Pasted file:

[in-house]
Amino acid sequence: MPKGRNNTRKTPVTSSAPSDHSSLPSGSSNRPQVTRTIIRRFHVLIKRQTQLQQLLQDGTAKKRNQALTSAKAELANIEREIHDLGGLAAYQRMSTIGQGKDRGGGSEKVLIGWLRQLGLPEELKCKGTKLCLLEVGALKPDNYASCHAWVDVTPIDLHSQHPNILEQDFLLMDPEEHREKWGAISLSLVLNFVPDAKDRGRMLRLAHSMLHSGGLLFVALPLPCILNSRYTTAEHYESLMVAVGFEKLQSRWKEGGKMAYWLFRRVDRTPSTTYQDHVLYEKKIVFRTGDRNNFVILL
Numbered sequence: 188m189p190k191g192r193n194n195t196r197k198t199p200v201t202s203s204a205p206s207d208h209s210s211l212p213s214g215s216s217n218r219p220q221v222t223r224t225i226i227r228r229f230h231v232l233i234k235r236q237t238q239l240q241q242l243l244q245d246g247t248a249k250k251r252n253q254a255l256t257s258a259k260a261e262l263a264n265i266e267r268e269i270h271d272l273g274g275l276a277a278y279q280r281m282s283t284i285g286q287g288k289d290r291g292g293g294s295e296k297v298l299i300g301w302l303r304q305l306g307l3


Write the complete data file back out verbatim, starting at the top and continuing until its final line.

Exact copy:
[in-house]
Amino acid sequence: MPKGRNNTRKTPVTSSAPSDHSSLPSGSSNRPQVTRTIIRRFHVLIKRQTQLQQLLQDGTAKKRNQALTSAKAELANIEREIHDLGGLAAYQRMSTIGQGKDRGGGSEKVLIGWLRQLGLPEELKCKGTKLCLLEVGALKPDNYASCHAWVDVTPIDLHSQHPNILEQDFLLMDPEEHREKWGAISLSLVLNFVPDAKDRGRMLRLAHSMLHSGGLLFVALPLPCILNSRYTTAEHYESLMVAVGFEKLQSRWKEGGKMAYWLFRRVDRTPSTTYQDHVLYEKKIVFRTGDRNNFVILL
Numbered sequence: 188m189p190k191g192r193n194n195t196r197k198t199p200v201t202s203s204a205p206s207d208h209s210s211l212p213s214g215s216s217n218r219p220q221v222t223r224t225i226i227r228r229f230h231v232l233i234k235r236q237t238q239l240q241q242l243l244q245d246g247t248a249k250k251r252n253q254a255l256t257s258a259k260a261e262l263a264n265i266e267r268e269i270h271d272l273g274g275l276a277a278y279q280r281m282s283t284i285g286q287g288k289d290r291g292g293g294s295e296k297v298l299i300g301w302l303r304q305l306g307l3